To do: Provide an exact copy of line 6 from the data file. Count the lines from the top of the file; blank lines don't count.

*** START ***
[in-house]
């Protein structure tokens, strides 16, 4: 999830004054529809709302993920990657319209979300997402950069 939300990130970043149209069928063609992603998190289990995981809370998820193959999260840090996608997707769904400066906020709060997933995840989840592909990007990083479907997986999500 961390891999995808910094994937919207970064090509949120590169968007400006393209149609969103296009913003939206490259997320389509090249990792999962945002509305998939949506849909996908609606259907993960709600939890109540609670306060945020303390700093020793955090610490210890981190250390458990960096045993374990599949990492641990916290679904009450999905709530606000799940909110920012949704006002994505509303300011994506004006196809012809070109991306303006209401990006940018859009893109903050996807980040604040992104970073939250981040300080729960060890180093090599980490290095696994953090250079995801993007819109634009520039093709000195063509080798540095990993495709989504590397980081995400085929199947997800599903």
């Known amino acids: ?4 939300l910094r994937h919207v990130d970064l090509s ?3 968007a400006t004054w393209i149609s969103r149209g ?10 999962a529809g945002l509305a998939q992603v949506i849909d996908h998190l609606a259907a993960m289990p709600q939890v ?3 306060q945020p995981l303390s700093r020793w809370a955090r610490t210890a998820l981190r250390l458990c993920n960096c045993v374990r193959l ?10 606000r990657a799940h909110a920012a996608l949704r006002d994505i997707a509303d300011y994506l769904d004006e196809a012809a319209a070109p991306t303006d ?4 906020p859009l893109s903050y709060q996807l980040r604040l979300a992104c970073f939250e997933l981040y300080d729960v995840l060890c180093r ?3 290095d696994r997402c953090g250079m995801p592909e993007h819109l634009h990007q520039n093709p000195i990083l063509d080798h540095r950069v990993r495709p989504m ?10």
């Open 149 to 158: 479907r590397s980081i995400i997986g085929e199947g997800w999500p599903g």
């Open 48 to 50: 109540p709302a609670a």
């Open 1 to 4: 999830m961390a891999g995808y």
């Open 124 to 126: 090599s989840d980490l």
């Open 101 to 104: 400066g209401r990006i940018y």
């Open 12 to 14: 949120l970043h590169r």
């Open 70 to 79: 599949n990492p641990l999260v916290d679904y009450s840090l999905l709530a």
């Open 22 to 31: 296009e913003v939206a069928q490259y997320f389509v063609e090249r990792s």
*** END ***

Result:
């Open 1 to 4: 999830m961390a891999g995808y």